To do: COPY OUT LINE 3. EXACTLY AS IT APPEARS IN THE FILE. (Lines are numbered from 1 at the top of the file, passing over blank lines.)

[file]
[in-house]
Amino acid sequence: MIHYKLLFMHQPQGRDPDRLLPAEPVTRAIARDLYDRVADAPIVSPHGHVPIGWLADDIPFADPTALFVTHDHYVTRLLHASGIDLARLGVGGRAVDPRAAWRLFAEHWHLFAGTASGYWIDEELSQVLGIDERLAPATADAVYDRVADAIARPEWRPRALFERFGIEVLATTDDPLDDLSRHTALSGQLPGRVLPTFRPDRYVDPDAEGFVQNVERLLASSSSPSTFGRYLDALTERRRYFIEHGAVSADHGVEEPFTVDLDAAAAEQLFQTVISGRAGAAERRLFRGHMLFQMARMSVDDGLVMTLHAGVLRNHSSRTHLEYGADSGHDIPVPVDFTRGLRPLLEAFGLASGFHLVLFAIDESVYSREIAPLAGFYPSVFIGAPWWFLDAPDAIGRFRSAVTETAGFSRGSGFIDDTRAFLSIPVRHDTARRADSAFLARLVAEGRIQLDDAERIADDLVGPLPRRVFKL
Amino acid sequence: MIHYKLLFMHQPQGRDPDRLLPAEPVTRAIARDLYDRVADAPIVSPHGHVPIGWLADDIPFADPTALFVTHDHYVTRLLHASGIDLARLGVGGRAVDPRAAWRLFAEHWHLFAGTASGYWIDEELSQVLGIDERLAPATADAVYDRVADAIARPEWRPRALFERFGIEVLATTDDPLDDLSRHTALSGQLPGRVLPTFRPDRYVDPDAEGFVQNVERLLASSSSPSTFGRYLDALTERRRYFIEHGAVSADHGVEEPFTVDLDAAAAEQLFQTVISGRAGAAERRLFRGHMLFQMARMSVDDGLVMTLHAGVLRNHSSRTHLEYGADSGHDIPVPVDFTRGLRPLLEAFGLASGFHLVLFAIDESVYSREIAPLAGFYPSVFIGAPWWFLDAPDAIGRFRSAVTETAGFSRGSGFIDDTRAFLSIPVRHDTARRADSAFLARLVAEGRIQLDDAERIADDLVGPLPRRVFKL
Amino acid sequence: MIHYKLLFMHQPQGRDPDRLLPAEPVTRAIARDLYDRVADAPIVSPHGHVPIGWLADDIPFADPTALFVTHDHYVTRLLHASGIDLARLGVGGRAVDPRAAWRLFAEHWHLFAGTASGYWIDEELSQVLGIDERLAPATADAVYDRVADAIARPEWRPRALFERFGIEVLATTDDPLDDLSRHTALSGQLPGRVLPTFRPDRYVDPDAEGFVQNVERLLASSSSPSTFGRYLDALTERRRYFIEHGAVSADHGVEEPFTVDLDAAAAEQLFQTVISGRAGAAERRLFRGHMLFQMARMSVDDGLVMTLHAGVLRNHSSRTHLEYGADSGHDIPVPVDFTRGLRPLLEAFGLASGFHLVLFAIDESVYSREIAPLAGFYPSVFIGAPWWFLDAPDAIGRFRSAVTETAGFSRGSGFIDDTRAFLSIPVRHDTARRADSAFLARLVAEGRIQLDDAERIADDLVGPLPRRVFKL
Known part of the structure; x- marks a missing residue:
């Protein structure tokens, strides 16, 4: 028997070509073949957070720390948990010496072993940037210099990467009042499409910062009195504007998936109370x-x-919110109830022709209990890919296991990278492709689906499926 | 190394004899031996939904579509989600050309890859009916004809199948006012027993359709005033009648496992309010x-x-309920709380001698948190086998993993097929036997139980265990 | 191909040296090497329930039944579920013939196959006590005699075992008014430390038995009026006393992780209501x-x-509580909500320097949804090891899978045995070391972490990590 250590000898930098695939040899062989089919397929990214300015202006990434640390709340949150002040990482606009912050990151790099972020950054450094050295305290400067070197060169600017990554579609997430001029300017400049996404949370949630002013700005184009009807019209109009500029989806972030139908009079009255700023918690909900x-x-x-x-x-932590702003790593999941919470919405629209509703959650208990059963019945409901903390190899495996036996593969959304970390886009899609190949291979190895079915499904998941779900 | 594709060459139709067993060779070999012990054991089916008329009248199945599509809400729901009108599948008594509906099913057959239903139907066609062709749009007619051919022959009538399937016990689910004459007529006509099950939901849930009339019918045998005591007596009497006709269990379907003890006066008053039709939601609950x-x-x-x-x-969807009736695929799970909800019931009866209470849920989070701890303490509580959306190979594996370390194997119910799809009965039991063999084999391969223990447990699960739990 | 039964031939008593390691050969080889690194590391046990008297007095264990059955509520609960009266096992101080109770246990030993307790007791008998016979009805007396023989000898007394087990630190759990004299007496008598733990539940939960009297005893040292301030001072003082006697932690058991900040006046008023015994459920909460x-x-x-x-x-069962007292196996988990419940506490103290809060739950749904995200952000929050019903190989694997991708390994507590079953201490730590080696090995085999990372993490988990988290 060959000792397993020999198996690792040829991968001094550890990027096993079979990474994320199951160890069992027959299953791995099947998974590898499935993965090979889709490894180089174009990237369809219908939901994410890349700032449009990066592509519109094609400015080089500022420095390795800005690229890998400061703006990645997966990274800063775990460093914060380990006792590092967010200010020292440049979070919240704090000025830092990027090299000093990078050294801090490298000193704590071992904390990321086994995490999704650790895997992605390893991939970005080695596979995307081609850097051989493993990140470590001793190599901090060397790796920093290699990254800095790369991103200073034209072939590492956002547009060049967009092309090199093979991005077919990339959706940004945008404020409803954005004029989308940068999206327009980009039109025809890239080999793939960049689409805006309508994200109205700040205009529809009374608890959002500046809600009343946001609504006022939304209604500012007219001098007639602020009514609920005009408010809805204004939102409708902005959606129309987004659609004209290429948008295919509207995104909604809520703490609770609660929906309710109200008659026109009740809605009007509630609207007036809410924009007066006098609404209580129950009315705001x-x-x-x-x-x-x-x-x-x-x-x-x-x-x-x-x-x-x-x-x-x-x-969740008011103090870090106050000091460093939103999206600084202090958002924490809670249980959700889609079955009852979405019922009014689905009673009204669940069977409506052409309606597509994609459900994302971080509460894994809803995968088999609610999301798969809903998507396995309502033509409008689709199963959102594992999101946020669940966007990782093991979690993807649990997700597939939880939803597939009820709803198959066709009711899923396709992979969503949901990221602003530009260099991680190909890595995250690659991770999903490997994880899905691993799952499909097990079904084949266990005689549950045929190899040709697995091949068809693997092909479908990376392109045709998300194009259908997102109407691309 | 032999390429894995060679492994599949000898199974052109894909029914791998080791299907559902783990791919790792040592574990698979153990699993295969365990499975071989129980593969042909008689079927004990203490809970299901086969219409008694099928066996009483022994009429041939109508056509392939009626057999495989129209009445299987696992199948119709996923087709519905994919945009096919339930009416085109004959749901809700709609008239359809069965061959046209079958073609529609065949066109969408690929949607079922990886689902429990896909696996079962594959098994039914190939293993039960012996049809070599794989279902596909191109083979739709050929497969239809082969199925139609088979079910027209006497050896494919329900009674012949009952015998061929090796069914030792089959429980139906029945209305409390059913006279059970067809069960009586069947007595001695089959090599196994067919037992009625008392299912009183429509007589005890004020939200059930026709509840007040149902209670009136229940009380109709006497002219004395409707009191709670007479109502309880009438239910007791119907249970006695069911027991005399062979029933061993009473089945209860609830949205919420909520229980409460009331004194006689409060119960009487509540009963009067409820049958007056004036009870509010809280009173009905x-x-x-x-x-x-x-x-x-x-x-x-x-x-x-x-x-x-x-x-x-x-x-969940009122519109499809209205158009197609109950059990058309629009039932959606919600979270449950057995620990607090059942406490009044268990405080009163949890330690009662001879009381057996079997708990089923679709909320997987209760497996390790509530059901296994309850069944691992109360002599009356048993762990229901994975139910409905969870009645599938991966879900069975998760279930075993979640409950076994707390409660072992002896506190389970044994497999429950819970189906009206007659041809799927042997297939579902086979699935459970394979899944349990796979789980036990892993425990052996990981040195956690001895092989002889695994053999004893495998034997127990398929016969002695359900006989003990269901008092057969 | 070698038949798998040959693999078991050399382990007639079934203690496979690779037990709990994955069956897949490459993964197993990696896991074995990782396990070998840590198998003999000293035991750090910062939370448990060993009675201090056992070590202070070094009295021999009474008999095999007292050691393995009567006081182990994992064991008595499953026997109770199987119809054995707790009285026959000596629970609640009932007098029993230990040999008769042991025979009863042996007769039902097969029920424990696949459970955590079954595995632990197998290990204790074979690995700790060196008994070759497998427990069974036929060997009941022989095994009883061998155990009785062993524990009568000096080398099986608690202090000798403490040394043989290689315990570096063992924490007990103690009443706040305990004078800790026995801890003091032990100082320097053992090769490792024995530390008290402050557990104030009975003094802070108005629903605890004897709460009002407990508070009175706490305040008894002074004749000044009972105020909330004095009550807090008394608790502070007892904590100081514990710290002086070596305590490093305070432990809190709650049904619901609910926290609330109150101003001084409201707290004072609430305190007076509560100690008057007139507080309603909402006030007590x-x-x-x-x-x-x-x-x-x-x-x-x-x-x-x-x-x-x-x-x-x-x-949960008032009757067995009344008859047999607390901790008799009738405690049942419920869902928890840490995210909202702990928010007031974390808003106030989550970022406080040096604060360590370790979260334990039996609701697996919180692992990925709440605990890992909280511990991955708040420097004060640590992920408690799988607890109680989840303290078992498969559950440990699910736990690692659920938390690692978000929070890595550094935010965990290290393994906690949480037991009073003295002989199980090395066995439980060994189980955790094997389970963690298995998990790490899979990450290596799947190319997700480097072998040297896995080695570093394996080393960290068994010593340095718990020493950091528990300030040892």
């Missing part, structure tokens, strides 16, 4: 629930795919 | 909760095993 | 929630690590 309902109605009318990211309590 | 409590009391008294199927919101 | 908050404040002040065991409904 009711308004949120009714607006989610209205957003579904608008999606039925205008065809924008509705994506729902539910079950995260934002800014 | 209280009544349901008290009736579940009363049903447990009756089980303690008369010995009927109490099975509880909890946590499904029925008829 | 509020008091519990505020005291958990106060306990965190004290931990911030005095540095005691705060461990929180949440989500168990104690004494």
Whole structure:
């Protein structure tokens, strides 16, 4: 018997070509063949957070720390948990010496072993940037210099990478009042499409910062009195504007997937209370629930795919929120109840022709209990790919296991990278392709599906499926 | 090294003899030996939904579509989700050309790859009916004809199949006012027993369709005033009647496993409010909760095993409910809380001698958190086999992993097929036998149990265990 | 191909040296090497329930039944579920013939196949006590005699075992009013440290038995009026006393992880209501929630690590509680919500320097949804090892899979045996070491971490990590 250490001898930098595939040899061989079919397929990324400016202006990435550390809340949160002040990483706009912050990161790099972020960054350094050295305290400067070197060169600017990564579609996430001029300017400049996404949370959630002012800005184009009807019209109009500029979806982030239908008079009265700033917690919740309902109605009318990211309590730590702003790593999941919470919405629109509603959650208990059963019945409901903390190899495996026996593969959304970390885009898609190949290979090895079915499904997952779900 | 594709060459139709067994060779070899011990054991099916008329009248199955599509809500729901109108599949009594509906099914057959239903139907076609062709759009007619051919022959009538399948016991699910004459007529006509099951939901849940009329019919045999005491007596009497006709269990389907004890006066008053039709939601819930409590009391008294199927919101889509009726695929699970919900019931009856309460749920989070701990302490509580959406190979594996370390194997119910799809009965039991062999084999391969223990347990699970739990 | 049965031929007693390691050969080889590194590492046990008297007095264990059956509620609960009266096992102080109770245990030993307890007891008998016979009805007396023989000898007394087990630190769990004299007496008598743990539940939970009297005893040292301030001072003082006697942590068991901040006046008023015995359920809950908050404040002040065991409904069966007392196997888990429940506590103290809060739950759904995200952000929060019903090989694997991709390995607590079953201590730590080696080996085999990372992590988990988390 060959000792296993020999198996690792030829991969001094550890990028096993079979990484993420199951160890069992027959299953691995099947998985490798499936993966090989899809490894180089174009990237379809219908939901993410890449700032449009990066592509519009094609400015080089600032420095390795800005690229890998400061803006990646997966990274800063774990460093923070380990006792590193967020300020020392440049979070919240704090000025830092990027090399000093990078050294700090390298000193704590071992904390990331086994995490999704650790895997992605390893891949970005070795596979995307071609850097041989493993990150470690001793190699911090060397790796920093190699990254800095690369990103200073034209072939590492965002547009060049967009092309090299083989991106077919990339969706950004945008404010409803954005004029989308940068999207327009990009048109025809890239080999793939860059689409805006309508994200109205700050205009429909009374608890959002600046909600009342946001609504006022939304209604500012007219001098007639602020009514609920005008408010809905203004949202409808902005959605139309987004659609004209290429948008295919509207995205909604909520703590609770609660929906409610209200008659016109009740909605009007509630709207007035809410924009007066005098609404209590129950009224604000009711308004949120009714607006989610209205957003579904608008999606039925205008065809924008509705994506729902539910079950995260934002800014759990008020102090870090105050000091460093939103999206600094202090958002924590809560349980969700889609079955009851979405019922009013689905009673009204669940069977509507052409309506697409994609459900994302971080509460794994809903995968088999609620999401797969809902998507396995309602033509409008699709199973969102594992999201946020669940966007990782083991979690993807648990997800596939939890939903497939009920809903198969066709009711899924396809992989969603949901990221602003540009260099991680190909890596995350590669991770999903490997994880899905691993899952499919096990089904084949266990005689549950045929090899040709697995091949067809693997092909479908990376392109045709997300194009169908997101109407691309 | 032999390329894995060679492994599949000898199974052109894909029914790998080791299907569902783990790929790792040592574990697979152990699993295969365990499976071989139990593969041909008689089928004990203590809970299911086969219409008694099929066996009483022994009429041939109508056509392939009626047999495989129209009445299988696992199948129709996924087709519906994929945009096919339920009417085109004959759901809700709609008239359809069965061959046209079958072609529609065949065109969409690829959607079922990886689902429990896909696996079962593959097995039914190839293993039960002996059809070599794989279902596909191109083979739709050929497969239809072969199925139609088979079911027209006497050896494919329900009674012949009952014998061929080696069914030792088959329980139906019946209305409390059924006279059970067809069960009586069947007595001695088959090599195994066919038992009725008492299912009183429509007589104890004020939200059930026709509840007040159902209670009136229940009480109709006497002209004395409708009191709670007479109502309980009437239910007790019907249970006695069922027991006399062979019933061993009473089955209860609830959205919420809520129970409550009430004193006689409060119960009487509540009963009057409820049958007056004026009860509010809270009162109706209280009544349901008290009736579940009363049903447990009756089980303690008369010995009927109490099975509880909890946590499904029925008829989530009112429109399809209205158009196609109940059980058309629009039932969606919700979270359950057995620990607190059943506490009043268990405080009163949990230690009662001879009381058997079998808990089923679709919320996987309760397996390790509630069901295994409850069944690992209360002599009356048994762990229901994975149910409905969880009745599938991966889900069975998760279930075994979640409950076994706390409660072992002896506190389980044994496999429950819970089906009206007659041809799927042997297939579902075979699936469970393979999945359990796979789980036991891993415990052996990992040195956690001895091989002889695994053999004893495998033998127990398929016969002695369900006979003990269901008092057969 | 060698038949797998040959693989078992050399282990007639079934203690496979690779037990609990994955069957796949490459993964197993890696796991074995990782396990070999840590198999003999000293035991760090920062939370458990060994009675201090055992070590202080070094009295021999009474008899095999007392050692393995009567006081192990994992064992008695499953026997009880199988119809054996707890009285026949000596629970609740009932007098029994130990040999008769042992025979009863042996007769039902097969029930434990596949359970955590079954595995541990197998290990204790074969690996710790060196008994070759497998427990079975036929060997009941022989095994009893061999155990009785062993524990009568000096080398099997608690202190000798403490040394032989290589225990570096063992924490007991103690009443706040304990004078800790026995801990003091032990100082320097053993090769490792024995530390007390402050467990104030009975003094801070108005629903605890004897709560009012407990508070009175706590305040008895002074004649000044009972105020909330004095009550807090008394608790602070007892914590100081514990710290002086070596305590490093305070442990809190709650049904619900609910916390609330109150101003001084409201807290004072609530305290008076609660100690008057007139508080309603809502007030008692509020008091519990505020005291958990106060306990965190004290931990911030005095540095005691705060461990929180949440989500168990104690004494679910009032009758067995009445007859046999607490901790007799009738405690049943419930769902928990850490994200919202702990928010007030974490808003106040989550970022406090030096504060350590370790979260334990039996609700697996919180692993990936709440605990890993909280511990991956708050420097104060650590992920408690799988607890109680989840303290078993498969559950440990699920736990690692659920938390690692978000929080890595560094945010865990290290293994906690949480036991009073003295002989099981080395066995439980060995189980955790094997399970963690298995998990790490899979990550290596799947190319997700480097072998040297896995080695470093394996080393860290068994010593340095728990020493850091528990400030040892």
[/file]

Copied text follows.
Amino acid sequence: MIHYKLLFMHQPQGRDPDRLLPAEPVTRAIARDLYDRVADAPIVSPHGHVPIGWLADDIPFADPTALFVTHDHYVTRLLHASGIDLARLGVGGRAVDPRAAWRLFAEHWHLFAGTASGYWIDEELSQVLGIDERLAPATADAVYDRVADAIARPEWRPRALFERFGIEVLATTDDPLDDLSRHTALSGQLPGRVLPTFRPDRYVDPDAEGFVQNVERLLASSSSPSTFGRYLDALTERRRYFIEHGAVSADHGVEEPFTVDLDAAAAEQLFQTVISGRAGAAERRLFRGHMLFQMARMSVDDGLVMTLHAGVLRNHSSRTHLEYGADSGHDIPVPVDFTRGLRPLLEAFGLASGFHLVLFAIDESVYSREIAPLAGFYPSVFIGAPWWFLDAPDAIGRFRSAVTETAGFSRGSGFIDDTRAFLSIPVRHDTARRADSAFLARLVAEGRIQLDDAERIADDLVGPLPRRVFKL